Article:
Avengers Assemble review

Banana Rating: 5 out of 5

First things first. That title, that godaw­ful title, Avengers Assemble, that we’ve been lumbered with in the UK, whilst the rest of the world gets The Avengers.

If you’re a puzzled for­eigner (big shout-out to all my avid read­ers in Viet­nam, Ecuador, and Venezuela, all four of you), then don’t panic. It’s just a rejigged title that’s come about because of a Brit­ish TV show from the nineteen-sixties, called — believe it or not — The Avengers. The one where Diana Rigg fam­ously wore a tight out­fit and beat people up.

And guess what? In Avengers AssembleScar­lett Johans­son wears a tight out­fit and beats people up. Some things never change.

Avengers Assemble is the res­ult of 4 years worth of super­hero movies (I’m assum­ing the ori­ginal Hulk from back in 2003 isn’t really part of the Avengers canon), start­ing with Iron Man, and con­tinu­ing through The Incred­ible Hulk, Iron Man 2, Thor, and Cap­tain Amer­ica. All of them, of course, com­plete with post cred­its teas­ers to whet our appet­ites for their even­tual team up.

A supremely confident action epic

Joss Whe­don, in only his second fea­ture film as dir­ector (the first being Serenity, a whole seven years ago) dips his toe into the sum­mer (Spring?) block­buster pool. Does he do it nervously? You might expect so. You’d be wrong how­ever. Avengers Assemble is a supremely con­fid­ent action epic that doesn’t skimp on spectacle.

More import­antly, and unusu­ally for such a big film these days, it doesn’t skimp on char­ac­ter either. Des­pite all the pyro­tech­nics, this is no Michael Bay movie. With his films, there’s often a strange feel­ing dur­ing the talky scenes that he’s kind of pacing around behind the cam­era, fid­gety, killing time until the next set piece.

Joss Whe­don prefers to let the char­ac­ters breathe a bit more. As a res­ult, the first two thirds of the film feel sur­pris­ingly wordy for a super­hero movie. The Avengers appear one by one, ten­sions rising in the group each time. There’s a lot of super sized muscles, and super sized egos. How on earth are they sup­posed stop Thor’s brother, Loki, from car­ry­ing out his dast­ardly plan if they’re too busy fight­ing each other?

But that’s prob­ably more than half the fun, simply watch­ing the Avengers exchange blows and with­er­ing quips (most of the quips com­ing from, yep you guessed it, Downey Jr. as Tony Stark). It never seems to get dull. Whe­don has pro­duced a well-balanced script that gives just about every Avenger enough screen time to make an impact. Even the least super powered of the team, Black Widow and Hawkeye, get their moments to really shine.

New York gets trashed (with style)

How­ever, even with Whe­don’s exper­i­enced hand­ling of ensemble casts (see Buffy the Vam­pire Slayer), not every­one comes out of it okay. Cap­tain Amer­ica seems a bit too ser­i­ous and whiney, maybe even a bit depressed, and out of sorts with his time and place. Whilst that’s under­stand­able given he’s been yanked 70 years into the future, there’s a feel­ing that he could have done with maybe one more film under his belt before being plunged into the Avengers, to sort through some of his issues.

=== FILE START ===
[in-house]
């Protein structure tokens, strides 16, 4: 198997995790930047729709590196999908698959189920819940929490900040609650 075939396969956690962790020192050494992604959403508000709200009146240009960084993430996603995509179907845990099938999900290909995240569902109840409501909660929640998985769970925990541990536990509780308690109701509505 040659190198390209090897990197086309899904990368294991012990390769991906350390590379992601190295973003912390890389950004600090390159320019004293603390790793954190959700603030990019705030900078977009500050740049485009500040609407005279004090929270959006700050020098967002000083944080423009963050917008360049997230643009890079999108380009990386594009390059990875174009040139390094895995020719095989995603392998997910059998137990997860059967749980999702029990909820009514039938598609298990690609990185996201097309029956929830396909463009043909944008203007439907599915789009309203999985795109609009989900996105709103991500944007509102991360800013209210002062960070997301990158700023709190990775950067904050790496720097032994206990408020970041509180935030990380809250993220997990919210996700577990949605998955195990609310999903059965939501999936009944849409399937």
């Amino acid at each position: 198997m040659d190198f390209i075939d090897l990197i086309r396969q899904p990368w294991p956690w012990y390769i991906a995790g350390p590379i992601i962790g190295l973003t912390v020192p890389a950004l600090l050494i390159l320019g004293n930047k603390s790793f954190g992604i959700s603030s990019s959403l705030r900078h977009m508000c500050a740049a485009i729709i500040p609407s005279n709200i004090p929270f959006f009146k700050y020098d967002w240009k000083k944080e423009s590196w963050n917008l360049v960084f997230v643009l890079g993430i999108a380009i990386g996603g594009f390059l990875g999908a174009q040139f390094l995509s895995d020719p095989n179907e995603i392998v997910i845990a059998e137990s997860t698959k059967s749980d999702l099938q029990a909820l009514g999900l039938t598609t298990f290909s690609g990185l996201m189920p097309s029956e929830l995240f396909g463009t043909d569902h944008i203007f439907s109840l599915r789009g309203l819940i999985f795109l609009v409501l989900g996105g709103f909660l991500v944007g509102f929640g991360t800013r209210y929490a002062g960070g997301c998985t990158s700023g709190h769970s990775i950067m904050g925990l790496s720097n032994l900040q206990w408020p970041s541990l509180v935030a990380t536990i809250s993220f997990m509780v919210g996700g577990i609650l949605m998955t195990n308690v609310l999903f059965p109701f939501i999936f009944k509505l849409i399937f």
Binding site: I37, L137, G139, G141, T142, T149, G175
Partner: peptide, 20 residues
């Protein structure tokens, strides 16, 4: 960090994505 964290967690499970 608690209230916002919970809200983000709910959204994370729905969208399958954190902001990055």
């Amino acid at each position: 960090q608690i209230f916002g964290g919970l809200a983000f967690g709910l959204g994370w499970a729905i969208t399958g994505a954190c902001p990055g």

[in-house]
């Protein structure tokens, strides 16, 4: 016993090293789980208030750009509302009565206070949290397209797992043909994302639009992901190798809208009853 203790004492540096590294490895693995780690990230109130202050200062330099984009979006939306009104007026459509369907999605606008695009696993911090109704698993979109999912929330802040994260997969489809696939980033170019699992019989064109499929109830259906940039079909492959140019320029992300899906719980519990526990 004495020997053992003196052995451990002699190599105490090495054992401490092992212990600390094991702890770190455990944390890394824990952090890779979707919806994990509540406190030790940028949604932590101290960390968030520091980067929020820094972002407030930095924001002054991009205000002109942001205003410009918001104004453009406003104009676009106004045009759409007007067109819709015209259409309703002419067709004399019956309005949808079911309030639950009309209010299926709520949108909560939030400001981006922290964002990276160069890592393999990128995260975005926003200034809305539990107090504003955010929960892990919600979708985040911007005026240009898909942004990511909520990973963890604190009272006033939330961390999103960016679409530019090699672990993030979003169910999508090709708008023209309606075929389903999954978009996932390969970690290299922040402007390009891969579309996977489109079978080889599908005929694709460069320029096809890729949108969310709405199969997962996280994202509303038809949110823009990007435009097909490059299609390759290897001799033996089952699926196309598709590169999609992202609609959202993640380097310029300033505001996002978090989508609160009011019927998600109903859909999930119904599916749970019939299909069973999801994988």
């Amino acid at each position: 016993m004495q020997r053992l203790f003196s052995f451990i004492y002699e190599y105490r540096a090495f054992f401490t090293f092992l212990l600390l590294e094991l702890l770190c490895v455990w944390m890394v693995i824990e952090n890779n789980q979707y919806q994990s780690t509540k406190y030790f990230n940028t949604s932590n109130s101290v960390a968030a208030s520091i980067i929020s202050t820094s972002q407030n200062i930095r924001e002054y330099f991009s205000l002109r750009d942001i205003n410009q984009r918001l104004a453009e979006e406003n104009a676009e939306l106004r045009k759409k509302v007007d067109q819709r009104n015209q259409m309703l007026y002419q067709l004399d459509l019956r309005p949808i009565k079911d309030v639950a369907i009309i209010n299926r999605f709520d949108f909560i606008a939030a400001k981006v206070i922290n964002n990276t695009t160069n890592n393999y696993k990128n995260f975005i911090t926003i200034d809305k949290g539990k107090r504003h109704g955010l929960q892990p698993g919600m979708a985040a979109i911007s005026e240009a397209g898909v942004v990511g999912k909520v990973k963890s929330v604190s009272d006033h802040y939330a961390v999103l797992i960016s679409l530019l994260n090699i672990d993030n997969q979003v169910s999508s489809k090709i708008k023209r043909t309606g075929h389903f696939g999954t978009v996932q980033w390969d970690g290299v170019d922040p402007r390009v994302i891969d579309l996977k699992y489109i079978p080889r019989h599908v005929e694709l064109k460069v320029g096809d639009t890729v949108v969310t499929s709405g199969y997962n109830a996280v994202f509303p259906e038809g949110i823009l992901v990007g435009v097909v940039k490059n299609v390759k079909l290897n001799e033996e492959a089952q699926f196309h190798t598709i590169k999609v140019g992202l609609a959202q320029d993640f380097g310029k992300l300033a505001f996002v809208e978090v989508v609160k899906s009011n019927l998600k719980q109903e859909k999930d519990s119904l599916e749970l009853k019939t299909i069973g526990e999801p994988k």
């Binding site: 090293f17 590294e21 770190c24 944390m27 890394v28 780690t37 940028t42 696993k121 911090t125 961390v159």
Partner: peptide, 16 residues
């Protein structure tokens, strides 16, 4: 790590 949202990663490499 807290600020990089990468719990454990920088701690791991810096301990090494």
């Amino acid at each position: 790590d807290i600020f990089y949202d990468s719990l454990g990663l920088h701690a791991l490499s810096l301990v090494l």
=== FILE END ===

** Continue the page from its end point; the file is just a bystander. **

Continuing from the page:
Whe­don did in fact cut a scene where Cap­tain Amer­ica meets up with his now much older flame, Peggy Carter, because it interfered with the rythmn of the movie. It’s some­thing that’ll now prob­ably get shif­ted to Cap’s sequel. We’ll never know if that scene would’ve worked in Avengers Assemble (unless it ends up on the Blu-ray extras). Maybe it would’ve gone some way to help­ing out poor old Cap and his palp­able lack of con­fid­ence that seems at odds with the fun, exuber­ant tone of the movie. When he assumes more of a com­mand­ing role in the group, it doesn’t wholly convince.

Mind you, it’s not like it spoils what is a pretty fant­astic movie. Whe­don gets so much right, and makes it all look so decept­ively easy. You’d think he’d been dir­ect­ing block­busters all his life. He’s done a far bet­ter job than dir­ect­ors who have been doing it all their lives, and trashes most of New York with style (give or take a few moments where the CGI feels a bit weight­less and video­gamey, but then such is the nature of CGI).

Spider-Man watches it on the telly

In fact, New York gets so com­pre­hens­ively smashed to pieces, I did kind of think that Spider-Man’s spidey sense must’ve been tingling like crazy as a 300-foot alien ploughed through the tower block oppos­ite his apart­ment. Was Peter Parker sat on his crappy sofa, a can of beer in his hand, watch­ing the action unfold on the news? Wish­ing that he could join in and help out, if only his hands hadn’t been tied by the Hol­ly­wood legal system?

I like to think that an alien might’ve landed on his win­dow sill. And that Peter Parker might’ve checked no-one was look­ing before whist­ling tune­lessly, open­ing his win­dow, and knock­ing the alien off it’s perch to it’s death.

I’d love to see Spider-Man bat­tling along­side Marvel’s other her­oes. I think the only way to secure this for the future, would be to send the Hulk around to nego­ti­ate Spidey’s film rights. A shout of “Law­yer, smash!” and a few pulped lawyer’s heads around the nego­ti­at­ing table would be a small price to pay for an Avengers sequel that might even top the ori­ginal. But until that time, the likes of Michael Bay will have to try a lot harder with their bust­ing of blocks. Good luck. They’ll need it.